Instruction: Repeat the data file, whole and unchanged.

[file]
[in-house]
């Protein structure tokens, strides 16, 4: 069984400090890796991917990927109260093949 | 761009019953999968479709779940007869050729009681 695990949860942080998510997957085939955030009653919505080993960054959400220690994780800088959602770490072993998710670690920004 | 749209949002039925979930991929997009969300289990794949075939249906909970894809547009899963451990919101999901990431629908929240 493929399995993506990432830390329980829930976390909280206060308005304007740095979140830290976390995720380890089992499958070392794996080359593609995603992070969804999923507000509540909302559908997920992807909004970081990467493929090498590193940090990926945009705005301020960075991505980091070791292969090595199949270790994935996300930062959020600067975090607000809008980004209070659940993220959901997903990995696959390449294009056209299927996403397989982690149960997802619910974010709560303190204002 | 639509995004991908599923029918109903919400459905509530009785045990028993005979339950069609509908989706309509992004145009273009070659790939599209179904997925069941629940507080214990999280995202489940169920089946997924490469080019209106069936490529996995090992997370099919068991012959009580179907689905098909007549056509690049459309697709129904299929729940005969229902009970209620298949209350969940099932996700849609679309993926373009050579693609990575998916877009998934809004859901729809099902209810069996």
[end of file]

[in-house]
């Protein structure tokens, strides 16, 4: 069984400090890796991917990927109260093949 | 761009019953999968479709779940007869050729009681 695990949860942080998510997957085939955030009653919505080993960054959400220690994780800088959602770490072993998710670690920004 | 749209949002039925979930991929997009969300289990794949075939249906909970894809547009899963451990919101999901990431629908929240 493929399995993506990432830390329980829930976390909280206060308005304007740095979140830290976390995720380890089992499958070392794996080359593609995603992070969804999923507000509540909302559908997920992807909004970081990467493929090498590193940090990926945009705005301020960075991505980091070791292969090595199949270790994935996300930062959020600067975090607000809008980004209070659940993220959901997903990995696959390449294009056209299927996403397989982690149960997802619910974010709560303190204002 | 639509995004991908599923029918109903919400459905509530009785045990028993005979339950069609509908989706309509992004145009273009070659790939599209179904997925069941629940507080214990999280995202489940169920089946997924490469080019209106069936490529996995090992997370099919068991012959009580179907689905098909007549056509690049459309697709129904299929729940005969229902009970209620298949209350969940099932996700849609679309993926373009050579693609990575998916877009998934809004859901729809099902209810069996």